Devillier says Karcher’s legacy remains integral. “The brand has a very long history of winning from a product standpoint,” he says. “And I think in this industry, product and marketing are huge differentiators and some of the biggest keys to being able to deliver sustainable success. I was really excited by the product offerings and, in my estimation, we offer some of the most innovative products in the marketplace.”

Breaking the brands apart enabled Carl’s Jr., simply, to exploit those realities. And from a franchisee standpoint, there’s direct leadership now serving as stewards able to amplify that message.

“Having Blake out West and myself on the East,” Bode says, “engaging with our franchisees daily, is going to be really important. Our franchise community has embraced the brand separation in a really big way because what they’re seeing now is a level of focus, like I said, they deserve.”

“So things like transformation,” he continues. “With Hardee’s over the past couple of years, we’ve been focused on exterior imaging of our restaurants to make sure that we upgraded our facilities to be more relevant with today’s consumer.”

That’s one part of the Hardee’s-specific story. The second, Bode says, is a little over a year ago the chain implemented some innovation and streamlined the menu so it could focus on execution and speed. Further, it leaned into digital with investments in mobile ordering, delivery, and loyalty. Bode says Hardee’s watched digital mix grow as it caught up.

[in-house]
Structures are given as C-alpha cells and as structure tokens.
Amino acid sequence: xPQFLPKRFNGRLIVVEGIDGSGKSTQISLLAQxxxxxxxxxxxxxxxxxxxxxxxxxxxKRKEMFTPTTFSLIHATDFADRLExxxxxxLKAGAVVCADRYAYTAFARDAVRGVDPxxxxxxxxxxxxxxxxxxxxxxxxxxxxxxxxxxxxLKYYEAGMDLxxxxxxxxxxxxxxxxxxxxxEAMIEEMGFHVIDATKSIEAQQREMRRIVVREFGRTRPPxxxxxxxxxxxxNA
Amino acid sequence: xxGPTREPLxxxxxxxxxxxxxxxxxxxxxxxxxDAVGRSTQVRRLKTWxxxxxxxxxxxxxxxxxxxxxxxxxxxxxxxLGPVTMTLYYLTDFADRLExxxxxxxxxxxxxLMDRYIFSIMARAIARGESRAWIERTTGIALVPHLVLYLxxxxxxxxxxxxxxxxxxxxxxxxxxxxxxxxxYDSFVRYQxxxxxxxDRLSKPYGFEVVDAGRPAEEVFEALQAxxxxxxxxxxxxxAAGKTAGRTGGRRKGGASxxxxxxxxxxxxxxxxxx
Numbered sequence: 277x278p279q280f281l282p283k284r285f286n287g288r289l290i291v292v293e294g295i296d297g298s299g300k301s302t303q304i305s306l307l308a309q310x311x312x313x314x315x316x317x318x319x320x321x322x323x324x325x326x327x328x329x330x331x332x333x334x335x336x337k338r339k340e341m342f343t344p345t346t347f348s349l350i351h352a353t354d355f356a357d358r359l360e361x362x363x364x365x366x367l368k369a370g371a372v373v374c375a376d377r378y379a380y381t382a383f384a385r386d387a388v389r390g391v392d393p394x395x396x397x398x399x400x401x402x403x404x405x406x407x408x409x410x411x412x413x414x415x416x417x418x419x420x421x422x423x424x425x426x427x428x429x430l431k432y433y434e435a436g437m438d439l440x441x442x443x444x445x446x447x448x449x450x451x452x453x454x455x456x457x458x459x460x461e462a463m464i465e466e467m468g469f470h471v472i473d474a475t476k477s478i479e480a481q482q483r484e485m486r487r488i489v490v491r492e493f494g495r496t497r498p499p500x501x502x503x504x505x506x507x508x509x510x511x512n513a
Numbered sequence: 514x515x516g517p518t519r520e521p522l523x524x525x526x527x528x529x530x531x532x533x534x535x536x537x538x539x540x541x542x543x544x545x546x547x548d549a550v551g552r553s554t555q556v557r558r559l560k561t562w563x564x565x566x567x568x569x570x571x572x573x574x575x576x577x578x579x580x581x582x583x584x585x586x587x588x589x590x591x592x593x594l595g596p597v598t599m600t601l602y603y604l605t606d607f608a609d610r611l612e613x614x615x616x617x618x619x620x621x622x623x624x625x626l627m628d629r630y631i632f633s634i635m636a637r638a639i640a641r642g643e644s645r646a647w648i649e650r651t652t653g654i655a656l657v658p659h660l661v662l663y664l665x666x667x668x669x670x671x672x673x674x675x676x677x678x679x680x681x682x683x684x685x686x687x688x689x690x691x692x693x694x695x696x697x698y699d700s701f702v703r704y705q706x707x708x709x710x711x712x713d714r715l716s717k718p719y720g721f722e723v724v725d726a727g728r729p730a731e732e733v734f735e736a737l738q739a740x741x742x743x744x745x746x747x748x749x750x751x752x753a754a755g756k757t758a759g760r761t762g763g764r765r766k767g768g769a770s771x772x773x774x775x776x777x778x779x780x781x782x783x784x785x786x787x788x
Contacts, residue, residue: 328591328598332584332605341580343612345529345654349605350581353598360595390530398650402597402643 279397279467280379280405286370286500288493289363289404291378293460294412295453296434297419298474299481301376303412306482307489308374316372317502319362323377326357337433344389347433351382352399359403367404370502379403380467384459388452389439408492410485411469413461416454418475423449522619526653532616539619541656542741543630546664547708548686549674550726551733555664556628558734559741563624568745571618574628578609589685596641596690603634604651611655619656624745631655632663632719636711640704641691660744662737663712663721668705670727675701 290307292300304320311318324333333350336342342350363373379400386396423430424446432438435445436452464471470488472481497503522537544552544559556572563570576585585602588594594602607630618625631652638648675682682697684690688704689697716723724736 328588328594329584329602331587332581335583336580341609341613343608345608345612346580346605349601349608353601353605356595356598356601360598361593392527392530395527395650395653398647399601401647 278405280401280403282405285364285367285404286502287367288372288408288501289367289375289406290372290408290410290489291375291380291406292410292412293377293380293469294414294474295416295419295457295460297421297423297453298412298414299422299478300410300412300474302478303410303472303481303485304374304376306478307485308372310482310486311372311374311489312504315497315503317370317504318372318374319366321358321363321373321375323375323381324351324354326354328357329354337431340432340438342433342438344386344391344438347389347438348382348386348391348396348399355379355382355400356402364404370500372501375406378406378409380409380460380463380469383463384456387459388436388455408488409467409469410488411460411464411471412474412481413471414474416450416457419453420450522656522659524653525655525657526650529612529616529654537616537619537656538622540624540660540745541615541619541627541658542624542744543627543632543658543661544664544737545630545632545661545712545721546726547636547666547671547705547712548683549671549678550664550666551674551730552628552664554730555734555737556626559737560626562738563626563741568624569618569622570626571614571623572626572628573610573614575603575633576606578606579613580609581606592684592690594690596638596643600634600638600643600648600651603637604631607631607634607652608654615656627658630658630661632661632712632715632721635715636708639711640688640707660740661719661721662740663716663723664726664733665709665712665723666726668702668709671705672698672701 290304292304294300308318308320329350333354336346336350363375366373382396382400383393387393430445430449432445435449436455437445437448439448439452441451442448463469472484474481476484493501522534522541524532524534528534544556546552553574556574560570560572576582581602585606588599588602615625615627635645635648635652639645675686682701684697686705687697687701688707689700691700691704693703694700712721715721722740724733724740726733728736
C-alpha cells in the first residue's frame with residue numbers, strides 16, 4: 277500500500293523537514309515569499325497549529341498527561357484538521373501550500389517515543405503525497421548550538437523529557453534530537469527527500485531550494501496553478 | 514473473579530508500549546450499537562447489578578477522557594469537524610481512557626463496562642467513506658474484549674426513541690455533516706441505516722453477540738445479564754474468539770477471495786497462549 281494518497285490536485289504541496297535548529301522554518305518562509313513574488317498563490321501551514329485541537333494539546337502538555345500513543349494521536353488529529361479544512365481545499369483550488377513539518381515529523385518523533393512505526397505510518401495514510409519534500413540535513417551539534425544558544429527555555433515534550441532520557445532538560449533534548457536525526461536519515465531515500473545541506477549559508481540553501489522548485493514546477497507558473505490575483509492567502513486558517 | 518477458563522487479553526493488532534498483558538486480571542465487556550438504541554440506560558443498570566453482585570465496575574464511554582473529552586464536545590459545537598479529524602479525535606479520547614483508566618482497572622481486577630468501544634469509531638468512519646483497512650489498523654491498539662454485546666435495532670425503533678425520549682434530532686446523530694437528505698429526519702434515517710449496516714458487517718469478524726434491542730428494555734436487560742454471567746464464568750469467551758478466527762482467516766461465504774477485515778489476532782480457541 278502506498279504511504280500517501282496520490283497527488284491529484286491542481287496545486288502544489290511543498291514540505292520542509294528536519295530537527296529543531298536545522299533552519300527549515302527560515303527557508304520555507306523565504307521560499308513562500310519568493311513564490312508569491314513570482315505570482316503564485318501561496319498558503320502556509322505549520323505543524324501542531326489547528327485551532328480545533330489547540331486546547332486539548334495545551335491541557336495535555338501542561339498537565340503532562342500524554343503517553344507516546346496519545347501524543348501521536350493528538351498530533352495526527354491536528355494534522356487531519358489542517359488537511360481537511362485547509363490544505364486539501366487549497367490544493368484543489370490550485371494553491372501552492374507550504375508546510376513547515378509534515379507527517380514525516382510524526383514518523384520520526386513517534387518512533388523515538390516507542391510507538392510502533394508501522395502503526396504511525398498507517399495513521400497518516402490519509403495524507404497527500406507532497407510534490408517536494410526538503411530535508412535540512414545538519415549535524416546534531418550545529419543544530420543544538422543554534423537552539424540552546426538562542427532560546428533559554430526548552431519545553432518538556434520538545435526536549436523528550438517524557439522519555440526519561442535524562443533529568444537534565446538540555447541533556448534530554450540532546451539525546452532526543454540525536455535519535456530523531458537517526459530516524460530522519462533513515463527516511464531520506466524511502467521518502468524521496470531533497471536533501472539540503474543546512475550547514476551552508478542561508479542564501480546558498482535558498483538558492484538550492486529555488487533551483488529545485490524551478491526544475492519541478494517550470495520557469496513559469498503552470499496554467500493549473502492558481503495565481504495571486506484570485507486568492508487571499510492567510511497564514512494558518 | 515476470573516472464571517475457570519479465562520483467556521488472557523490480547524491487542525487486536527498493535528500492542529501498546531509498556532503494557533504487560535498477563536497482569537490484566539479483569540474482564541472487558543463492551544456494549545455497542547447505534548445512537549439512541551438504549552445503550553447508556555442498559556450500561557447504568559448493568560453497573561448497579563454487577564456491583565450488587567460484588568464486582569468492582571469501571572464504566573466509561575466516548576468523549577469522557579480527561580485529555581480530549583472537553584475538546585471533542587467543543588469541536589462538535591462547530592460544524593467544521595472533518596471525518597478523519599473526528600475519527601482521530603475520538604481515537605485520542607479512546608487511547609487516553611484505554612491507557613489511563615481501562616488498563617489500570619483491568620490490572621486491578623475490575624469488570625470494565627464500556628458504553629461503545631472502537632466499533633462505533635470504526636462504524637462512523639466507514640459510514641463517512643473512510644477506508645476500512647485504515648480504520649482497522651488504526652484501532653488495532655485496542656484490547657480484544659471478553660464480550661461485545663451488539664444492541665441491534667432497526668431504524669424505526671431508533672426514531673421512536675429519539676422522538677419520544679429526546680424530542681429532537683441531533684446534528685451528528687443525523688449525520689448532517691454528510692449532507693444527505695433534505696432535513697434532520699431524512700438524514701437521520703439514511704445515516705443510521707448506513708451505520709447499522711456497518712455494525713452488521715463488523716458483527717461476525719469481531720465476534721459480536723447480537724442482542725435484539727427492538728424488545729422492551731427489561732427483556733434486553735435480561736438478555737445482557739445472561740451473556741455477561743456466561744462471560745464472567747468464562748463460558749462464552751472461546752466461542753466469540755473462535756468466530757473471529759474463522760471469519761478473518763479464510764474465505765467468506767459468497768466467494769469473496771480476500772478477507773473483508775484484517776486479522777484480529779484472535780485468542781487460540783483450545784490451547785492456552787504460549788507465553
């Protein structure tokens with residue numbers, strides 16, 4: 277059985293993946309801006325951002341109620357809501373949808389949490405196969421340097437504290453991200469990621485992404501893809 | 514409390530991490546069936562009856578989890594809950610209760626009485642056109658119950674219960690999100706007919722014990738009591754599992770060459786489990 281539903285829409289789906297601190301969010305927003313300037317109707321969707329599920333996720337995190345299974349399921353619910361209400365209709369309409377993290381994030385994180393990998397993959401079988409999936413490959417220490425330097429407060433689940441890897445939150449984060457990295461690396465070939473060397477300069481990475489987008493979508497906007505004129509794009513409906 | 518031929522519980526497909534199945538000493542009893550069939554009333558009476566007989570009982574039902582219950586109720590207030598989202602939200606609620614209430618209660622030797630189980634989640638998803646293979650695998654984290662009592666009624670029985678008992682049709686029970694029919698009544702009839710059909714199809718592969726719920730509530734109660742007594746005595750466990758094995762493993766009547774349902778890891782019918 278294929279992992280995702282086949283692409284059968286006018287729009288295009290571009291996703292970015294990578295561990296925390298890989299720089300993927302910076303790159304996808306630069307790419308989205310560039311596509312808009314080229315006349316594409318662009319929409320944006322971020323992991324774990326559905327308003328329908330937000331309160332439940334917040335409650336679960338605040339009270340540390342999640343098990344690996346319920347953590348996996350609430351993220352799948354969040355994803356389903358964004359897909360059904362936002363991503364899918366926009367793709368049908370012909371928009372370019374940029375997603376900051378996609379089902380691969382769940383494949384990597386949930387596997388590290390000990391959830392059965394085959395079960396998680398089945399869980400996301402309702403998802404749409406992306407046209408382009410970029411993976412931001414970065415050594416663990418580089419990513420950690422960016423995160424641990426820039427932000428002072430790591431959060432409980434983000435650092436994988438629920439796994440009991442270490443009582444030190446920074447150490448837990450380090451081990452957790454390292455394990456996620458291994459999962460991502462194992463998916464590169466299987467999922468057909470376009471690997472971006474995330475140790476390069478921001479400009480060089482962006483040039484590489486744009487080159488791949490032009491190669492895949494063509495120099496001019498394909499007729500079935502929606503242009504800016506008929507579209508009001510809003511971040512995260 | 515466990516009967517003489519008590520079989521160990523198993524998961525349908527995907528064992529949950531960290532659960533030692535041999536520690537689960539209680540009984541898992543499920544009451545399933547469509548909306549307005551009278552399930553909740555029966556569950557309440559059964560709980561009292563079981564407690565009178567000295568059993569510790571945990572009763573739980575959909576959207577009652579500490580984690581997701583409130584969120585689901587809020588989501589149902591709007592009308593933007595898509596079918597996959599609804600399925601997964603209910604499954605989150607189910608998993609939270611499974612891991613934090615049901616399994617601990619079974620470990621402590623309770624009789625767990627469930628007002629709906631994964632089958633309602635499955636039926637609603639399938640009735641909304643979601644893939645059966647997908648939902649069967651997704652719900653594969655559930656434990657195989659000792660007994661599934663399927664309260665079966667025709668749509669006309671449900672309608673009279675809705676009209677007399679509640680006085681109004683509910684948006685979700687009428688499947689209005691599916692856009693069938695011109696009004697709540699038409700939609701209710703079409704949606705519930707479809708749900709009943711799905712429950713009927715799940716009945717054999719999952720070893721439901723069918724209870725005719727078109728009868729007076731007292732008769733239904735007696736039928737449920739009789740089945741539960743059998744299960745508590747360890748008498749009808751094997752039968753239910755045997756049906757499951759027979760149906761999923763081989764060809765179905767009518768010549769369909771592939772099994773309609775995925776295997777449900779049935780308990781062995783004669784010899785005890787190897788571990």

Likewise at Carl’s Jr., the decision to go solo led to an effort to individualize the marketing position of each. CKE refocused on granular details like imagery, text word choice, and color palette. “All of those elements were necessary to signal a unique brand identity,” Devillier says. “They were executed over the last month [in April]. If you’ve been to one of our restaurants, you would have seen that we’ve completely transformed the look and feel of our menu.”

Carl’s Jr., now focused on its own setup instead of trying to spread uniform changes across two brands, realized it could provide clarity in core buckets. It removed a “small handful” of items and reoriented its menu to make its burger and flavor platforms easier to navigate. It also provided optionality around proteins and sizing. “That’s another effort that’s underway that’s really helping to differentiate the experience for the consumer,” Devillier says.

Carl’s Jr. ran a Super Bowl Ad promoting “Free Burger Day” for guests who got the app and joined the My Rewards program. “All of that, I think, was an effort to really reassert our focus and our positioning around these audacious and bold flavorful hamburgers,” he says.

The brand in May also started testing a “More Bang, Less Buck” value program that spotlighted an under $4 messaging. Devillier says most of the items exist on Carl’s Jr.’s menu. This was more a marketing test to “raise the volume on yes, we offer what we consider premium burgers,” he says, “but we also do offer lots of things that you might consider more value driven.”

The Carl’s Jr. customer, Devillier explains, gives the brand credit for innovation. It brought back the El Diablo burger last June for the first time since 2018 (habanero sauce, bacon, Jalapeno POPPERS bites, pepperjack cheese and jalapenos). It’s going to stay on the menu permanently.

“The customer definitely reacts and rewards us, I think, when we bring to market the products that really speak to them and who this brand is intrinsically,” he says.